2021 CMSC Annual Meeting

Altered Expression of the RNA Binding Protein Heterogeneous Nuclear Ribonucleoprotein A1 (A1) Contributes to the Pathogenesis of Neurodegeneration in Multiple Sclerosis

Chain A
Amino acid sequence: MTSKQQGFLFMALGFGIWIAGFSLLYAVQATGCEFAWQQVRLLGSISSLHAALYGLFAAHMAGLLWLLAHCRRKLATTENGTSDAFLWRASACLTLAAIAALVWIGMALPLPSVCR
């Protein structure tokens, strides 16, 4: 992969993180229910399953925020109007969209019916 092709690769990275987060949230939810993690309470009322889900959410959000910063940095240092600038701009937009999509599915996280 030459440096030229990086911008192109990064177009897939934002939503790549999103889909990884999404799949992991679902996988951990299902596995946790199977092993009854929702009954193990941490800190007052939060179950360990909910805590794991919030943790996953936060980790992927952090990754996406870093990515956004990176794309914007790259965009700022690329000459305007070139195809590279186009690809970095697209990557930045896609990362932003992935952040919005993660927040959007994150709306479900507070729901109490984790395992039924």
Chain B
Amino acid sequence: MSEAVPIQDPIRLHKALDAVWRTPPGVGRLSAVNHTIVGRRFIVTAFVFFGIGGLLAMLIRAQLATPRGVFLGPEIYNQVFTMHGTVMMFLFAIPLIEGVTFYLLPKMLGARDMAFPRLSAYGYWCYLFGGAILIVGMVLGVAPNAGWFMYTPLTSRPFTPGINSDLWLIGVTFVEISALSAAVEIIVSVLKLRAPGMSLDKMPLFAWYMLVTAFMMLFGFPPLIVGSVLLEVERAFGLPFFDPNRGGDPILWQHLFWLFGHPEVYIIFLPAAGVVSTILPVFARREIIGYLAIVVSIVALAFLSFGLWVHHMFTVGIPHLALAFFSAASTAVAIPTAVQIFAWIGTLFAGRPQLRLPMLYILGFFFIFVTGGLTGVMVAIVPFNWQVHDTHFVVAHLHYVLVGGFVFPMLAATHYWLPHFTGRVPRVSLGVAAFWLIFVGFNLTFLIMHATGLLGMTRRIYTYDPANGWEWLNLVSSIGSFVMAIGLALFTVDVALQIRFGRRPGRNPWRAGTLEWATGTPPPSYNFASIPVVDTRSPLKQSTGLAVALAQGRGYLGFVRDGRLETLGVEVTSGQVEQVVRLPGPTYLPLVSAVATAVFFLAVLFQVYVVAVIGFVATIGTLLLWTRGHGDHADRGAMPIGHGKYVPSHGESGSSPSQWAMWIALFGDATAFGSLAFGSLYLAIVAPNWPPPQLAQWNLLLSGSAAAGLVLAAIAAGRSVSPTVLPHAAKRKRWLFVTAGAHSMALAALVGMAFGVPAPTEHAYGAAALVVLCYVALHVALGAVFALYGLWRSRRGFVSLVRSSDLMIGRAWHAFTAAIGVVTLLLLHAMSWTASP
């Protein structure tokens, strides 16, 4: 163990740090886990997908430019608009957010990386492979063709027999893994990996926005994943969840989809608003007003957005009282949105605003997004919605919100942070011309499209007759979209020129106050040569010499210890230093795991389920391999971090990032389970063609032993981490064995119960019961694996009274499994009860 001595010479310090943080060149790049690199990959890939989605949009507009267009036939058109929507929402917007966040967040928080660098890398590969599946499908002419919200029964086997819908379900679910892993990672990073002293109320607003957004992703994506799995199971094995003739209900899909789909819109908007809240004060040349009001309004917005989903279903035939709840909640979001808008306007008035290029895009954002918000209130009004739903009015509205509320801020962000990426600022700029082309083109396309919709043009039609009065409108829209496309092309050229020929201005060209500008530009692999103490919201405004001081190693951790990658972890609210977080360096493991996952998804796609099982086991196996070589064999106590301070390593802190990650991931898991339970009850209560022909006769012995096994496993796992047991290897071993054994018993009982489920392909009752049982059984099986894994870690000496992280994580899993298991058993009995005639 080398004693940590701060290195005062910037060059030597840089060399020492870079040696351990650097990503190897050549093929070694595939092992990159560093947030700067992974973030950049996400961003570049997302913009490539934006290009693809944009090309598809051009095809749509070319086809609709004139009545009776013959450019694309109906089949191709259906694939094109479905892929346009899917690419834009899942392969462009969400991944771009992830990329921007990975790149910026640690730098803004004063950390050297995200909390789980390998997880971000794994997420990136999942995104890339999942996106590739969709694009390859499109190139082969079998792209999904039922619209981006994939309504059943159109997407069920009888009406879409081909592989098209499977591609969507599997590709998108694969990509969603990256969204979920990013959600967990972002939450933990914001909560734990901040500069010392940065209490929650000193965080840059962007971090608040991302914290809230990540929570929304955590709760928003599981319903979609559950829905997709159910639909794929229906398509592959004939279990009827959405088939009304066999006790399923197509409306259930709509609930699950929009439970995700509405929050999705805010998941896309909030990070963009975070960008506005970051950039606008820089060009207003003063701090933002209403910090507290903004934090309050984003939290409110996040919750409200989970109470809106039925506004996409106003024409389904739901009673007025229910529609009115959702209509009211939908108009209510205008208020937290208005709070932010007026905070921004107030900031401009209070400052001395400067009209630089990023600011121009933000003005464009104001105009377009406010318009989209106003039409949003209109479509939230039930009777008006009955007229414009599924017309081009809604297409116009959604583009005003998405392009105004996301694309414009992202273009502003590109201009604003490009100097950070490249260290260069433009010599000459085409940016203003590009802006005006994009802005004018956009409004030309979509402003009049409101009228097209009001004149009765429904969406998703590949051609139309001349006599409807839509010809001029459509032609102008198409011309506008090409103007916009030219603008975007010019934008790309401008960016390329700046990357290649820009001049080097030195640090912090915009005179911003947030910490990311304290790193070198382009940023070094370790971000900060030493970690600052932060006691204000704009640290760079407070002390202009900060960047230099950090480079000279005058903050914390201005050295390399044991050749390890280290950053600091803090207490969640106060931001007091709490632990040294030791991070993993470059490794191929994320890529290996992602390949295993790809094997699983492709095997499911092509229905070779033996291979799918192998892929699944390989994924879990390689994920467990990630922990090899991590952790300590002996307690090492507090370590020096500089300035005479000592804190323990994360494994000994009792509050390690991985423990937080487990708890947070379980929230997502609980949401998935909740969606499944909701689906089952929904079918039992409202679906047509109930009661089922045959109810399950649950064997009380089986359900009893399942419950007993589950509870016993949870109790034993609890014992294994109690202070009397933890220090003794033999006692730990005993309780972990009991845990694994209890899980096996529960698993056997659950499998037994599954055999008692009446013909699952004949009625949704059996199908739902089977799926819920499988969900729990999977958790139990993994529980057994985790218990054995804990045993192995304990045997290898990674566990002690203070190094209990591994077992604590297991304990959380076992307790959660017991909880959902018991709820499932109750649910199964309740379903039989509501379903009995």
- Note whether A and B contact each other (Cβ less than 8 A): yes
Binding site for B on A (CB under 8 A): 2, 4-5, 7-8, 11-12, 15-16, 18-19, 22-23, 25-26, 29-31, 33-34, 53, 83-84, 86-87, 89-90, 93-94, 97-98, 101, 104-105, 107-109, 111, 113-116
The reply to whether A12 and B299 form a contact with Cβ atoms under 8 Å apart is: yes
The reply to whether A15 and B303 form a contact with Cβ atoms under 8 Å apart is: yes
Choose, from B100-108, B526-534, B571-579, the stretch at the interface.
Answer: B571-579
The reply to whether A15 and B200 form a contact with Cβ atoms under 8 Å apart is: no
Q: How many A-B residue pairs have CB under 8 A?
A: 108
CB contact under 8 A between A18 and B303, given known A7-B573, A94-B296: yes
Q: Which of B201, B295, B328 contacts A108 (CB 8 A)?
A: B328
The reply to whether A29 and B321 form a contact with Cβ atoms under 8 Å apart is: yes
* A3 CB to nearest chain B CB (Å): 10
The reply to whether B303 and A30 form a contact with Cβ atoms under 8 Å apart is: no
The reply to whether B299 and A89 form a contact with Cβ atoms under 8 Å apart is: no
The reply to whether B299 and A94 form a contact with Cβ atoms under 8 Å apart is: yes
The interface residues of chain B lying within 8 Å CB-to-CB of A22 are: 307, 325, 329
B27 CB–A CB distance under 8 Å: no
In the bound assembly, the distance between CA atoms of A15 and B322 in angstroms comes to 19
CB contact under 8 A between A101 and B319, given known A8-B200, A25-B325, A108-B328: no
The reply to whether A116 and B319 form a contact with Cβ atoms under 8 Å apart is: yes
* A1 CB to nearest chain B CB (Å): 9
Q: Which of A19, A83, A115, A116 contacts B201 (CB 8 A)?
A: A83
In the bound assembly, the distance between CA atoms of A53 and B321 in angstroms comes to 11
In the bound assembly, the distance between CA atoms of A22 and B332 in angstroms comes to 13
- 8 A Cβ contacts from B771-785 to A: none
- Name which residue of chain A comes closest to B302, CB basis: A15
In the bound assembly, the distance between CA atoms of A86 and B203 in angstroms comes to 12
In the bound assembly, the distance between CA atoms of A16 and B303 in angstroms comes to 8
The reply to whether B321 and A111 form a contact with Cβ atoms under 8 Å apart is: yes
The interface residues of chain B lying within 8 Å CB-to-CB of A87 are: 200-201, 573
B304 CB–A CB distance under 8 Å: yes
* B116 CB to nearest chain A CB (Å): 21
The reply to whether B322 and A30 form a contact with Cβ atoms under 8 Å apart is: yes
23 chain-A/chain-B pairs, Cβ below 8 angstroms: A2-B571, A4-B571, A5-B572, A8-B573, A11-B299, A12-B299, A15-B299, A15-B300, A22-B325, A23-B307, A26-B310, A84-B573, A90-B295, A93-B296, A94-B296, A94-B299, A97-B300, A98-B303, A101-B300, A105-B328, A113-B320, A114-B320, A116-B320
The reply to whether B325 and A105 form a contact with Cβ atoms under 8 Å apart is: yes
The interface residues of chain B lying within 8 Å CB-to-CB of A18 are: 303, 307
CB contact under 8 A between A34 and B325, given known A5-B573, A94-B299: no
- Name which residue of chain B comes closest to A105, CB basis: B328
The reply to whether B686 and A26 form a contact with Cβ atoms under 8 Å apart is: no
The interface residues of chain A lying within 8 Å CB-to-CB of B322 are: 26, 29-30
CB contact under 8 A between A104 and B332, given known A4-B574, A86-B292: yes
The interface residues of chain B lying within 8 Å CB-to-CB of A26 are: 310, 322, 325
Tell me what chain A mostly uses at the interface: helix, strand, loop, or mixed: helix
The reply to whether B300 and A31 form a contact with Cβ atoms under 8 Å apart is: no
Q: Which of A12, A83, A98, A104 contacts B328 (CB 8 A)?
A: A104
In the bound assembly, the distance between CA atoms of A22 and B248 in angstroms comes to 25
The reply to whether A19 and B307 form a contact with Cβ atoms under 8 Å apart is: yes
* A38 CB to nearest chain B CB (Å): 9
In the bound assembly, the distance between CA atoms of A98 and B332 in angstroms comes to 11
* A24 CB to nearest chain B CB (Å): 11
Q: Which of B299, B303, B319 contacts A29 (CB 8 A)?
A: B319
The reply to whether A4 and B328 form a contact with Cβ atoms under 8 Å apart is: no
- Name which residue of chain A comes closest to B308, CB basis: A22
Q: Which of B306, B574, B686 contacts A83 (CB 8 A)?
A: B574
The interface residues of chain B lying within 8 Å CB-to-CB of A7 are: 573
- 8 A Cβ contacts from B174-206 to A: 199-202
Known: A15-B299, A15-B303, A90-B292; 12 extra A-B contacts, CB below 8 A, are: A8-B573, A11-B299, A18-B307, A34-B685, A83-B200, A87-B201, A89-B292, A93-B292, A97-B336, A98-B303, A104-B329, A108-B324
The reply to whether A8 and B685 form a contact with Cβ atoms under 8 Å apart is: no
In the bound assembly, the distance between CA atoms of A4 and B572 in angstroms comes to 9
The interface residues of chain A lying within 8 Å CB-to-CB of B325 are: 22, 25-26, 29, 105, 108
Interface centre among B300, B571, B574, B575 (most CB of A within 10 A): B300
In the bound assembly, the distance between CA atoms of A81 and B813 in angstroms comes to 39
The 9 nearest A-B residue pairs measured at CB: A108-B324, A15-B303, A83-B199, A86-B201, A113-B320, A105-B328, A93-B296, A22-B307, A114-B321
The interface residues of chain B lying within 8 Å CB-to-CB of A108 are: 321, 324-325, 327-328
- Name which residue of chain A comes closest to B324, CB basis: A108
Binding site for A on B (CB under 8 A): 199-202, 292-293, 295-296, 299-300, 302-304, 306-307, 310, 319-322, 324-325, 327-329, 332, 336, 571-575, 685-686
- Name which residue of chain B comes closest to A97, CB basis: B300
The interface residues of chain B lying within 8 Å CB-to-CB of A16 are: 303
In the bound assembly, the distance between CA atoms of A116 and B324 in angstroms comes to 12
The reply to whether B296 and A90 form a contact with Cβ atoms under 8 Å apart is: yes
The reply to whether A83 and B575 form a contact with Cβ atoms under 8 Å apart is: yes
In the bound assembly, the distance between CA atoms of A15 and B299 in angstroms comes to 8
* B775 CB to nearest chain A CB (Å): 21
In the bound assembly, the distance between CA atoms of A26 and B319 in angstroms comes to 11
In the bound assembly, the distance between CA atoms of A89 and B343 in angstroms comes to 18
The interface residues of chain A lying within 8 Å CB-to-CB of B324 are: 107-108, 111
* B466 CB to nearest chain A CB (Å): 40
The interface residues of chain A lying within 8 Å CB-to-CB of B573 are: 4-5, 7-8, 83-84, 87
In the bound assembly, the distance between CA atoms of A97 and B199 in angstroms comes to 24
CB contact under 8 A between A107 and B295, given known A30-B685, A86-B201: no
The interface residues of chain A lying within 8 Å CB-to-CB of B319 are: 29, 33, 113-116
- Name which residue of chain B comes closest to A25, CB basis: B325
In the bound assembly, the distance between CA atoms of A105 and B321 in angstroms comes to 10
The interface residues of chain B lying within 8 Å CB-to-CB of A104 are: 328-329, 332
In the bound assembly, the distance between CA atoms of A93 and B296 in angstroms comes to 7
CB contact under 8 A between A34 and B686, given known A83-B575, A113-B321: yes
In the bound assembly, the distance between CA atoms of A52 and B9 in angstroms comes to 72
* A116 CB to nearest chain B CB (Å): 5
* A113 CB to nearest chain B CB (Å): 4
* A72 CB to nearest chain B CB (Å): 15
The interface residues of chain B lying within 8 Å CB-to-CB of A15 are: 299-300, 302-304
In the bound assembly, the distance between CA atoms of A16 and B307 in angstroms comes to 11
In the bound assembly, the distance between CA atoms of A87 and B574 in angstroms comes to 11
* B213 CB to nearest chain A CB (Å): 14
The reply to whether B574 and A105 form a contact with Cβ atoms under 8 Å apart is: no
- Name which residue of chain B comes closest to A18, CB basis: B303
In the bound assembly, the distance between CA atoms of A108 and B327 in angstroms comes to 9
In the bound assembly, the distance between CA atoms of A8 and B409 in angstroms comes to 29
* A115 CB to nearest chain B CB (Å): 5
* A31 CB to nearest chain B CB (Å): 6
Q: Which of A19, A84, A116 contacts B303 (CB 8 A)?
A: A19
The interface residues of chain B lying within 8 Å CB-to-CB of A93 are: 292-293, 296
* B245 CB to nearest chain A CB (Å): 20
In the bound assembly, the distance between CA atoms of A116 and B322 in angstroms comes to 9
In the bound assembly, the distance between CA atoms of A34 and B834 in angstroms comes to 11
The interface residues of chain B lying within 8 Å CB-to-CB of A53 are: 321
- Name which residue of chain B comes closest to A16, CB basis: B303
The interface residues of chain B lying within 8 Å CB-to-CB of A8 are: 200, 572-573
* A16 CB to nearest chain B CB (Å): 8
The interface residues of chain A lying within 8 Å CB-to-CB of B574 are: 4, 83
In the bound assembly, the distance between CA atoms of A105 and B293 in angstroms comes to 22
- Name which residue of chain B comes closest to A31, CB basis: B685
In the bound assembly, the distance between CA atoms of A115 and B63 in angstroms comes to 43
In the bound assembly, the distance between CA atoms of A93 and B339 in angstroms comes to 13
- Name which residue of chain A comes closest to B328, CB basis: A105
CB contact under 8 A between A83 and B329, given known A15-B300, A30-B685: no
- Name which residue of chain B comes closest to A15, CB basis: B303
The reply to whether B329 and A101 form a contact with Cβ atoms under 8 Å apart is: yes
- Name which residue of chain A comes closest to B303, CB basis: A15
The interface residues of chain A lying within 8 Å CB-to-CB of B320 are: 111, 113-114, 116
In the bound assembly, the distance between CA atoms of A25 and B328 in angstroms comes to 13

Background: Dysfunctional RNA binding proteins (RBPs) have been shown to contribute to the pathogenesis of neurodegeneration (NDG) in neurologic diseases. In Multiple Sclerosis (MS), the mechanisms of NDG are incompletely understood and the role that dysfunctional RBPs play in its pathogenesis have not been thoroughly explored. Our lab has shown pathogenic features of an RBP known as heterogeneous nuclear ribonucleoprotein A1 (A1) in neurons from MS patients. Hallmark features of A1 dysfunction include mislocalization of A1 from its homeostatic nuclear location to the cytoplasm and reduced nuclear expression, suggesting that loss of A1 nuclear function may contribute to the pathogenesis of NDG in MS. However, the exact mechanism of how A1 dysfunction may affect neuronal health is largely unknown. Objectives: To determine whether decreased A1 nuclear expression, a characteristic of A1 dysfunction, impacts neuronal health and viability. Methods: We established an in vitro model of decreased A1 nuclear expression using differentiated Neuro-2a cells (N2a; a neuronal cell line) and siRNA to A1 (siA1). Molecular consequences of decreased A1 expression were analyzed using immunostaining to assess neurite morphology and western blotting for the cell death markers, active caspase-3 (apoptosis) and phospho-mixed lineage kinase domain-like protein (p-MLKL; necroptosis). Cytotoxicity assays were performed to assess the effect of decreased A1 nuclear expression on cell viability and cytotoxicity. Results: SiA1 entered neurons and significantly reduced A1 protein expression compared to siControl (p=0.0003; p<0.0001). SiA1 treated neurons showed a significant reduction in neurite branching and neurite length as compared to siControl (p<0.0001), as well as increased levels of p-MLKL (necroptosis; p=0.02), but no change in active caspase-3 levels (apoptosis). Cellular cytotoxicity assays revealed that decreased A1 nuclear expression resulted in increased cellular cytotoxicity as compared to siControl (p=0.04). Conclusions: These findings suggest that A1 knockdown may result in cell death through the necroptotic pathway. Additionally, it suggests that there is a direct link between reduced A1 nuclear expression and decreased neuronal health and viability. Overall, this system models decreased A1 nuclear expression observed in MS brains and provides a relevant system to assess the consequences of A1 dysfunction on neuronal health and viability in the context of NDG.